HENRY HOOPER BLOOD
Henry Hooper Blood was born in Kaysville, Utah in 1872. He worked at a variety of occupations including manager of Kaysville Milling Company. Blood’s public service career began when he was elected as city recorder of Kaysville in 1893. In 1922, Blood was appointed to the State Highway Commission and in 1925 was selected chairman. This position gave Blood administrative experience and introduced him to local officials all over the state, which helped him in his bid for governor in 1932.
Blood served two terms as governor during the Great Depression. Utah’s unemployment rate was 36 percent—the fourth highest in the nation—and in 1934 the state experienced the worst drought in Utah’s history. Blood’s approach to the state’s problems was to drastically cut state expenditures, implement a pay-as-you-go policy, and obtain federal relief dollars through New Deal programs. He was particularly successful in securing funds for Civil Conservation Corps and Works Progress Administration projects, which included murals in the Capitol rotunda. He also worked hard for the construction of dams throughout the state, which provided both jobs and improved area water capacity. Despite his personal opposition to alcohol, Blood supported the repeal of Prohibition in 1933, making Utah the final state necessary for ratifying the 21st Amendment. He was the first governor to live in the Thomas Kearns mansion, which today still serves as the governor’s residence.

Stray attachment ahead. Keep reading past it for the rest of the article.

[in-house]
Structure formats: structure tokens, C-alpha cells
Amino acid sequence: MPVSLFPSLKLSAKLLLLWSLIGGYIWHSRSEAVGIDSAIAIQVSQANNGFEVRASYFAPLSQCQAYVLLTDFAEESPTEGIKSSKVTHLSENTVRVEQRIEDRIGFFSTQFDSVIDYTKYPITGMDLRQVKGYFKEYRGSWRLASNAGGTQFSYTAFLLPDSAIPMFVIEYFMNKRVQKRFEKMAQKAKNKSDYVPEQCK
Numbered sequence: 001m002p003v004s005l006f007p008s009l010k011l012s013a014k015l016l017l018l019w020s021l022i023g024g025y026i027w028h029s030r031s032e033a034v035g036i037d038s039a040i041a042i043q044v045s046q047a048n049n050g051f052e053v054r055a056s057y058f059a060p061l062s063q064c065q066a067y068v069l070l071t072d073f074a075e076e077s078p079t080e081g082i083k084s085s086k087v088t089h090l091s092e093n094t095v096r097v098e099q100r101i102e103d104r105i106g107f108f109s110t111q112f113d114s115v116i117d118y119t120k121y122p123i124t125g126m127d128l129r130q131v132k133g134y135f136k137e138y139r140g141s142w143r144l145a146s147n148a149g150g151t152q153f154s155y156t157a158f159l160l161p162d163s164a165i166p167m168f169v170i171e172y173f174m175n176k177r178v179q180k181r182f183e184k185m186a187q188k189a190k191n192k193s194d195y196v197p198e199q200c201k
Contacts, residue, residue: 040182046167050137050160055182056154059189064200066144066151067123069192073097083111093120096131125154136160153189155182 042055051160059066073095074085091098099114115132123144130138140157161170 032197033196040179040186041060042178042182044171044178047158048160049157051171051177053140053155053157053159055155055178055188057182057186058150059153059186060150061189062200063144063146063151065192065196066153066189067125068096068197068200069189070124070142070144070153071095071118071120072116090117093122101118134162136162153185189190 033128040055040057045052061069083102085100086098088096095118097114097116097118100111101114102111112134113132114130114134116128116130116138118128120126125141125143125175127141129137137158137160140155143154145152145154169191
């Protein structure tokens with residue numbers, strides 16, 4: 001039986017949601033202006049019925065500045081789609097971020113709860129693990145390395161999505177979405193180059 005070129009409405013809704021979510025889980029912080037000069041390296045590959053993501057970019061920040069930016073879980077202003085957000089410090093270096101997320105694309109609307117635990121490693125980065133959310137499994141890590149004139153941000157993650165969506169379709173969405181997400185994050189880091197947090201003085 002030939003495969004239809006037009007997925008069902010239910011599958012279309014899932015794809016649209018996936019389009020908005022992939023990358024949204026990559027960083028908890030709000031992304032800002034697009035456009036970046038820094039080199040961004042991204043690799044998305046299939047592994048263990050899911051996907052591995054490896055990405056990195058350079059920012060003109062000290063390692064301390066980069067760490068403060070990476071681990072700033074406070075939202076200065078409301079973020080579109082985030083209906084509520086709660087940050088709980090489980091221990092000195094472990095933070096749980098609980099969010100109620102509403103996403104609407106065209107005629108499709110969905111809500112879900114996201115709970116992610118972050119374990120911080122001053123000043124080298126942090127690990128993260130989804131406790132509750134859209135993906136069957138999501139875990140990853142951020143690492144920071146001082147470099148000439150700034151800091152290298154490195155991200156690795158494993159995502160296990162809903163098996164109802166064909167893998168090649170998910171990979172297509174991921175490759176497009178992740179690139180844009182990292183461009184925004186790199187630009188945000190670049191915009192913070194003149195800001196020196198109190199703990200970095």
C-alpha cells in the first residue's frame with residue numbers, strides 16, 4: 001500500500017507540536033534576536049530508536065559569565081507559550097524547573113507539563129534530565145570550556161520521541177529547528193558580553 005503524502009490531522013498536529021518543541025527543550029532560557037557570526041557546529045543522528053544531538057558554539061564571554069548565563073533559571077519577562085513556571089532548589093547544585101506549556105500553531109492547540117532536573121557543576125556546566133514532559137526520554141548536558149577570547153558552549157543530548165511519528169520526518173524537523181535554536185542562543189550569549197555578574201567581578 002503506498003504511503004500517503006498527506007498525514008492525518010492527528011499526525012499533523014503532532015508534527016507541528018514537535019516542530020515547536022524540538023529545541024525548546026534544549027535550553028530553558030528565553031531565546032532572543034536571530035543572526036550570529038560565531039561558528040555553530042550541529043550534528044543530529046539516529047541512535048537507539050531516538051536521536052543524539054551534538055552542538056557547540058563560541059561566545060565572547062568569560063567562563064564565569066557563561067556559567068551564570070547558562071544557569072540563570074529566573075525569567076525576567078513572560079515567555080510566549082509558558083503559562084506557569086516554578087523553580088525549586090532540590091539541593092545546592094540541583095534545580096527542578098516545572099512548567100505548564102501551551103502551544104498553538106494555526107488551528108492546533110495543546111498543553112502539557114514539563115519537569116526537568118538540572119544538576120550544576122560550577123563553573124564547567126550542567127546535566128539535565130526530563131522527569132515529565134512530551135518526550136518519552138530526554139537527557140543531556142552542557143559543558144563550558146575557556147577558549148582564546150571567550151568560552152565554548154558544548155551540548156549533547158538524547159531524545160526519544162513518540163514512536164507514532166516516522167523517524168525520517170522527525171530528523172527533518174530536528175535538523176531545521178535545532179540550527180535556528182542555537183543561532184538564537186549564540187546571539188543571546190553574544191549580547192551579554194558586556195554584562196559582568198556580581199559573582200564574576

Gordon Nicholson Cope (1906–1999) spent much of his career in Utah, training with A.B. Wright and LeConte Stewart before going to Europe to study. He was the head of the art department at LDS University and a teacher for the Work Progress Administration. A gifted painter of both portraits and landscapes, Cope also worked on completing the murals in the Capitol’s rotunda.